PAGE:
Then again, part of the fun of the show is this simple outlook on the life of crime. No one has a gun, the bad guys are all really stupid and kidnappers can be foiled by having cream squirted in their faces or by the Red Hand Gang pouring ginger ale into their boots. A getaway car can be stopped with a tower of empty cardboard boxes while a gang can be delayed by Frankie and JR pretending to brawl in front of their truck. This child's-eye point of view is stressed by there being no mention of the Red Hand Gang's parents. Indeed, the gang get to stay out all night skulking about in a house annoying a gang of kidnappers without their parents being concerned enough to call in the police as to the whereabouts. And those aren't the only wouldn't-get-away-with-it-now moments in the series. Not only does Joanne get to sit on a bed with a strange man who's dressed only in his underpants but, mere seconds later, Little Bill comes running in, drops to his knees and hugs the man's bare legs.
Unfortunately, The Red Hand Gang probably won't appeal to the children of today. Given that children now have a choice of channels offering quality shows, including CBBC, Cbeebies, CITV and the Disney Channel, the really-quite-awful acting of The Red Hand Gang won't endear it to many. The quality of the DVD presentation won't help matters but the problem that children of today will have with the show is that it falls well short of the likes of The Sarah Jane Adventures, Dinosapien, Roman Mysteries and That's So Raven, never mind family shows like Doctor Who, Primeval or Robin Hood. And as much as Doc, JR and Frankie try for laughs, there are a lot more laughs in Chucklevision than there was in this. Granted, children of 1977 may well have felt the same given that The Red Hand Gang was cancelled in the middle of its first series. So, nostalgia it is but even as that theme song embedded itself in my brain once more, there's not a great deal to enjoy in these fairly slow little thrillers.
Things don't look good for the Red Hand Gang. And not only in the cliffhangers that draw each episode to a close. Watched on a 14" television from across a room, it's a bit pale-looking and slightly fuzzy but on a bigger television, it's only a little bit better than it would be had it been released on VHS. For the seventies, and remember, this was the decade of boys choosing to wear bright yellow T-shirt and shorts, as Doc does, this is a very muted affair. Colours are drained from the picture while brightness varies as frequently as the children's outfits do not. However, in saying that, there are still moments when the episode is interrupted by a truly bizarre bit of colour, such as the bright pink sky that lands, straight from the music videos of the time, in The Museum Robbery.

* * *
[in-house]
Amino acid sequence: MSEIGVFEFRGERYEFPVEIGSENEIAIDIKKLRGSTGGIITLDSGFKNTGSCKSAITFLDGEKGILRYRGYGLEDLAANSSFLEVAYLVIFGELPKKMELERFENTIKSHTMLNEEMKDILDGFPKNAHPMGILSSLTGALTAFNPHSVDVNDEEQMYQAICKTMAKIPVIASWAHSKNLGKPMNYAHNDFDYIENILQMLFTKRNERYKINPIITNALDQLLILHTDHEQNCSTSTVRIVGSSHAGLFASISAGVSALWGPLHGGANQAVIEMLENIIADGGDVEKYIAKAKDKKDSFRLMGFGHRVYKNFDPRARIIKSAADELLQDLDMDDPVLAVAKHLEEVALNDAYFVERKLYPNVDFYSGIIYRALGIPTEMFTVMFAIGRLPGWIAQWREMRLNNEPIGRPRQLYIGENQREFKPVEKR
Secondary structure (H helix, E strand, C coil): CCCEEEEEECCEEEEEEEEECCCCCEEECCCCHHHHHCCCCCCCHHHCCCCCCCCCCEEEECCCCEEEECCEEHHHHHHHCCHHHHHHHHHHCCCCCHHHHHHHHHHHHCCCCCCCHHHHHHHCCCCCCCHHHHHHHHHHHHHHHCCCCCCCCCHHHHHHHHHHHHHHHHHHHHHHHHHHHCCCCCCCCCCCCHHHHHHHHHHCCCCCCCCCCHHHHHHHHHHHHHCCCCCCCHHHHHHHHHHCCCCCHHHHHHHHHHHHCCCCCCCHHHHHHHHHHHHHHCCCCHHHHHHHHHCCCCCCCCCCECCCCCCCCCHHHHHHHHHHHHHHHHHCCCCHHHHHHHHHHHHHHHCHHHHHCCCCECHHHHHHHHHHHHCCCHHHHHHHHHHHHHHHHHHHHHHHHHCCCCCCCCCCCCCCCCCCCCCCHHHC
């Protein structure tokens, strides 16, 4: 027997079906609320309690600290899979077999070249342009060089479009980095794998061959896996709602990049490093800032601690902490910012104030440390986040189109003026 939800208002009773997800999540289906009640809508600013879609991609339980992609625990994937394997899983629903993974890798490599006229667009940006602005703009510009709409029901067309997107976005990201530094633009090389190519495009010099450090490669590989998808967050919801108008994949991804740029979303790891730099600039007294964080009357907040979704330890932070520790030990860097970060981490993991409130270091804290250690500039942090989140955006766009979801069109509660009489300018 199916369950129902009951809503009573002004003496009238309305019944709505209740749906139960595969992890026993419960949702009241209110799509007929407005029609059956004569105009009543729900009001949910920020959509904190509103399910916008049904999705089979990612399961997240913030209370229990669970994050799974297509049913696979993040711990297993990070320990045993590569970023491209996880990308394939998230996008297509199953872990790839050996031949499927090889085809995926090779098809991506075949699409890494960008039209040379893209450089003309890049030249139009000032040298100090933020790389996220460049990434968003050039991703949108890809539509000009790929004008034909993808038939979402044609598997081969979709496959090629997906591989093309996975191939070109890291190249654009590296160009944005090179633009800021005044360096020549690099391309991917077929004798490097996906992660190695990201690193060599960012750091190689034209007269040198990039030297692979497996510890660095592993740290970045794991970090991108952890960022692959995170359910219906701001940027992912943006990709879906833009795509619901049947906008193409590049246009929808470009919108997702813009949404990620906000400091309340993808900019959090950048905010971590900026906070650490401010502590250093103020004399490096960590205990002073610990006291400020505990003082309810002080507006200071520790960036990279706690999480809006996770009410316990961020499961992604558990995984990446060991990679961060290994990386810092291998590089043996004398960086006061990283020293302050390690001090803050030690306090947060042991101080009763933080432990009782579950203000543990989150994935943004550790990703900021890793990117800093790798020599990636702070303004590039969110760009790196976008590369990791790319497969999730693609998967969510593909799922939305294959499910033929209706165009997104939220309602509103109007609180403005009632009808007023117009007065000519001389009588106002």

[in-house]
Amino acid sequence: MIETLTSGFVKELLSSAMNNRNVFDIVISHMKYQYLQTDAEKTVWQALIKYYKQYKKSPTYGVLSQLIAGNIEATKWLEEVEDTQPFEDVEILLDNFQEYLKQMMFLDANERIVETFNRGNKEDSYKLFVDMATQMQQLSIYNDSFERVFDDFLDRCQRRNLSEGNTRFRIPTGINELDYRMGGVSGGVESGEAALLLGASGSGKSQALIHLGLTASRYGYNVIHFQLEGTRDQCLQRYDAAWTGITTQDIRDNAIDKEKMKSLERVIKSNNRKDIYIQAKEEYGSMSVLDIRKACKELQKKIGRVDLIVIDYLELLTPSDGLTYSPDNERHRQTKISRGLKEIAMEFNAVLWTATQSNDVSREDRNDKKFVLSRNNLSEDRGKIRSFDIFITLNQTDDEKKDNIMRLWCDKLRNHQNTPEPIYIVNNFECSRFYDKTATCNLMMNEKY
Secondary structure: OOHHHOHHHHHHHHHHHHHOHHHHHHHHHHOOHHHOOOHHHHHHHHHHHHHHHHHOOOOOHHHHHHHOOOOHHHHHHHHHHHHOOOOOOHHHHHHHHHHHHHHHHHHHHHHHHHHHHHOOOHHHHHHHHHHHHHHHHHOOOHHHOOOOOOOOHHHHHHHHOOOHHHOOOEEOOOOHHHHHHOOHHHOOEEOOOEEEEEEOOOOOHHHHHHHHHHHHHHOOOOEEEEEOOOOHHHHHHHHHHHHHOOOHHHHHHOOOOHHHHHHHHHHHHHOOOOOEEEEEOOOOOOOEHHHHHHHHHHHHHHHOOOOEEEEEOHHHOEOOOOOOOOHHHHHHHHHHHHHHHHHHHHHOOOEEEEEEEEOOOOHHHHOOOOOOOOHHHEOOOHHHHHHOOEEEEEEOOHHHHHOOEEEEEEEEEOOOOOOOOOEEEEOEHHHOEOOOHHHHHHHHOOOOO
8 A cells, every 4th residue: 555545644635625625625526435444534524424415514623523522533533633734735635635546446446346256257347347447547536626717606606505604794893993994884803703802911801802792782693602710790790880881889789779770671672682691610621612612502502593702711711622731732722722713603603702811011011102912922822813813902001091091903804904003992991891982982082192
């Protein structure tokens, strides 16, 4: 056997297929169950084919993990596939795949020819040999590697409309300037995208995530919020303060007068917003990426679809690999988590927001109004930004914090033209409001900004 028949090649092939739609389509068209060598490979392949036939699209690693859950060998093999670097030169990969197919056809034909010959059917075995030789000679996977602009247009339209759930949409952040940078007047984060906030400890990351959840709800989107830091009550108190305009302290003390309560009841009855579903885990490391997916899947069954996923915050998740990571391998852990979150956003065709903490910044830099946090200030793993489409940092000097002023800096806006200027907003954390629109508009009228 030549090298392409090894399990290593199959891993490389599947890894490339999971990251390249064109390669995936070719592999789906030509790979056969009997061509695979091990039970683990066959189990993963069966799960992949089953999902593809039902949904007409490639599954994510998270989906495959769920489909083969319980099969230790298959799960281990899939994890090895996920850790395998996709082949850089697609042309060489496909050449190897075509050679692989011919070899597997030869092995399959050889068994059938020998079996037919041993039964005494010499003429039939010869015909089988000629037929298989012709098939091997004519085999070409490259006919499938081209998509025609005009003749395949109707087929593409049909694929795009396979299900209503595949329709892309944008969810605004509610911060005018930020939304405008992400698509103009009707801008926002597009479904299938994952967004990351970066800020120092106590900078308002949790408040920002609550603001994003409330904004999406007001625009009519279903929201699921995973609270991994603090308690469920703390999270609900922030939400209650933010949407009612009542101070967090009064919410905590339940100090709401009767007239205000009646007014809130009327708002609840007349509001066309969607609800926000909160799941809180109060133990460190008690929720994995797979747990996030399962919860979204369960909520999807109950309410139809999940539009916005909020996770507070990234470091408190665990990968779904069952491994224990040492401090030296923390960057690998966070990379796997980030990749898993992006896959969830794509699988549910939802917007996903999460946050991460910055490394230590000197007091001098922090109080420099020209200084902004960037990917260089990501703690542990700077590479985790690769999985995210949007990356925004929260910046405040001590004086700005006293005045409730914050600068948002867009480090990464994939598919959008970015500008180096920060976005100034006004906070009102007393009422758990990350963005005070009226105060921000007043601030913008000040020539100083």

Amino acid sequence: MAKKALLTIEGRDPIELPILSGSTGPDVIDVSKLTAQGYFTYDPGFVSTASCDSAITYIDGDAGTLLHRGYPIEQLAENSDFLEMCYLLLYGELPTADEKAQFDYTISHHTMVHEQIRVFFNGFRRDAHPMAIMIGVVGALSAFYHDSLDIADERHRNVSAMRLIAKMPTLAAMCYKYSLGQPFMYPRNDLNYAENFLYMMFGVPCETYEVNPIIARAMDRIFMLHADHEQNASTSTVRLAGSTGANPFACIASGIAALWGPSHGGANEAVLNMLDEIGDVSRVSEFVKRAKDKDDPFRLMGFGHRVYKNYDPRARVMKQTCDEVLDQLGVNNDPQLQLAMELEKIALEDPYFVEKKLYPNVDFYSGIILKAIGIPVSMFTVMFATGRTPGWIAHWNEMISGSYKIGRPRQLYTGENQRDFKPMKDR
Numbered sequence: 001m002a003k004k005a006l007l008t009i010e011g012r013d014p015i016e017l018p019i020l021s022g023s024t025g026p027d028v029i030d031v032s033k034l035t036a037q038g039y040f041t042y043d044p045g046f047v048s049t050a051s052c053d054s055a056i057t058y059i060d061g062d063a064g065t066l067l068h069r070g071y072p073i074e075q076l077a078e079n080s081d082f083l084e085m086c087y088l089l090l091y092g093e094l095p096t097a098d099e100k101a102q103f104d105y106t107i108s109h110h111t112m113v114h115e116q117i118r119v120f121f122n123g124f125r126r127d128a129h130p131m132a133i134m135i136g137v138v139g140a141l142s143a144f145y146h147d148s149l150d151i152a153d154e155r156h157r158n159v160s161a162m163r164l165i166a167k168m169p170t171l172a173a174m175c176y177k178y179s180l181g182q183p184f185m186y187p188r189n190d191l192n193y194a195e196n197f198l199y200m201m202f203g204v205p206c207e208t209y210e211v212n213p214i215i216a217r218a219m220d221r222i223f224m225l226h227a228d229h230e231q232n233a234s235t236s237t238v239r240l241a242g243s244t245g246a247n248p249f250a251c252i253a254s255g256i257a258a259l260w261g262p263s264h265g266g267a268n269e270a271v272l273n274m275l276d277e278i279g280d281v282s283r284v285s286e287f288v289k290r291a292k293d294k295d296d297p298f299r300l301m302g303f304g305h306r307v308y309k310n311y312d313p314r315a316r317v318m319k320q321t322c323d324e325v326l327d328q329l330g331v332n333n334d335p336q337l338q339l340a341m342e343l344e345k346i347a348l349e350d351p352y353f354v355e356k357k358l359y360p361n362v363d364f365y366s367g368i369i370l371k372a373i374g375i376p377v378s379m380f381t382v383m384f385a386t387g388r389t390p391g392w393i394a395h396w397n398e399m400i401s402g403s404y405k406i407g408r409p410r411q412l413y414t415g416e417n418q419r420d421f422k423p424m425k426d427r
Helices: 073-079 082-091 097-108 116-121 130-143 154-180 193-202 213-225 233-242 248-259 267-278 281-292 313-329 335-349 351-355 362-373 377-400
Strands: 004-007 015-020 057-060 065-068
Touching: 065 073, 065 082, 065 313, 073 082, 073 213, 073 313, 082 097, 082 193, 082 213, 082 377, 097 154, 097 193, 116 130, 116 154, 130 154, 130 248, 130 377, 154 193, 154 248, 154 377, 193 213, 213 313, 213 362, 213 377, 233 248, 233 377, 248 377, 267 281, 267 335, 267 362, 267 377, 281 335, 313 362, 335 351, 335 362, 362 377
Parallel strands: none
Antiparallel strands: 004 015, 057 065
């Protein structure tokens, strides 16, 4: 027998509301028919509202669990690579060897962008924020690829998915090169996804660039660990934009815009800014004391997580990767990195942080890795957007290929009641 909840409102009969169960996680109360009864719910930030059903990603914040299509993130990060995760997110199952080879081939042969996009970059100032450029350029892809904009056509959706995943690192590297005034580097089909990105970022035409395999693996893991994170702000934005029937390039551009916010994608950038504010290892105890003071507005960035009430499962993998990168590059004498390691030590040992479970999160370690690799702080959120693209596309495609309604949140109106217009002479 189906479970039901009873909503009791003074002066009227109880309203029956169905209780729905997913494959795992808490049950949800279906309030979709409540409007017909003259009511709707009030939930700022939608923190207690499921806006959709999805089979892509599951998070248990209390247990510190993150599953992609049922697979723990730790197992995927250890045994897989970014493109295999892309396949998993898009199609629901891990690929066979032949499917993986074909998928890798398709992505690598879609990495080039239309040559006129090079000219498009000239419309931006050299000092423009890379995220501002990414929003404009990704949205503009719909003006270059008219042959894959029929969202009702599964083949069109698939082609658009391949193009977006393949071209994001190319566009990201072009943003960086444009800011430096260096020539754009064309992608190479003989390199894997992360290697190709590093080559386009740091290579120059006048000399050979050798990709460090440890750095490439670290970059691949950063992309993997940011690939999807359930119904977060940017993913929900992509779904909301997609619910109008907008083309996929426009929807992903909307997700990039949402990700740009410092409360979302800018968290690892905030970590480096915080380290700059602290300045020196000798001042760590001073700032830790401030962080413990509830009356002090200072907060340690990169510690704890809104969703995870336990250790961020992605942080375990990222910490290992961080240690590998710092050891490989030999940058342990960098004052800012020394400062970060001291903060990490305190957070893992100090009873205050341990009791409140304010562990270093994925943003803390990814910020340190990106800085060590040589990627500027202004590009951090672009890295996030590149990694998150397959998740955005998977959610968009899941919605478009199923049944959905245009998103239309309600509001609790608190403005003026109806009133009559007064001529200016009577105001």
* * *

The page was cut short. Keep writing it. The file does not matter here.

Much of this, one suspects, has to do with the show in question. Cancelled in 1977 and thought of slightly more highly in this country than it was in its native one, it's probably fair to say that The Red Hand Gang hasn't been well looked-after over the past thirty years. Given that it will only sell to the handful of people who remember it from the late-seventies, there's very little financial justification for Fabulous Films to spend very much on restoring it either. So with that in mind The Red Hand Gang looks very much as one would expect. As well as the problems with the colour, the picture is flat, dull and very shabby-looking, being so soft as to leave its audience guessing as to what that dark blob in the background might be. A building? A tree? Add to that a very cheap production - the also-very-cheap Stephen J Cannell and Glen A Larson productions of the 80s are as Ben-Hur when compared to this - and The Red Hand Gang doesn't so much stride onto DVD with confidence as have Fabulous Films heave it onto DVD and, from there, into the shops.
The soundtrack, though, is even worse. There's a very noticeable background hiss throughout the show, which, in the third episode of The Jewel Thief, actually obscures the dialogue. Otherwise, it sounds as flat as the picture looks. Sound effects are non-existent with everything sounding as though it was captured on location. When that proved difficult, such as amidst the bustle of that same episode, dialogue is lost or, at the very least, hard to understand. It doesn't help that the cast don't deliver it very well nor that, as with the picture, it's probably lain in a very dark corner of a warehouse for the past thirty years but it still doesn't sound particularly good. Finally, there are no subtitles.
There are no extras on this DVD but the press release recently published on this site said that the set would include episode synopses, a series synopsis and an original American commercial break card whatever that might be. However, with these being check discs, I have no means to say whether or not these will be included in the retail release.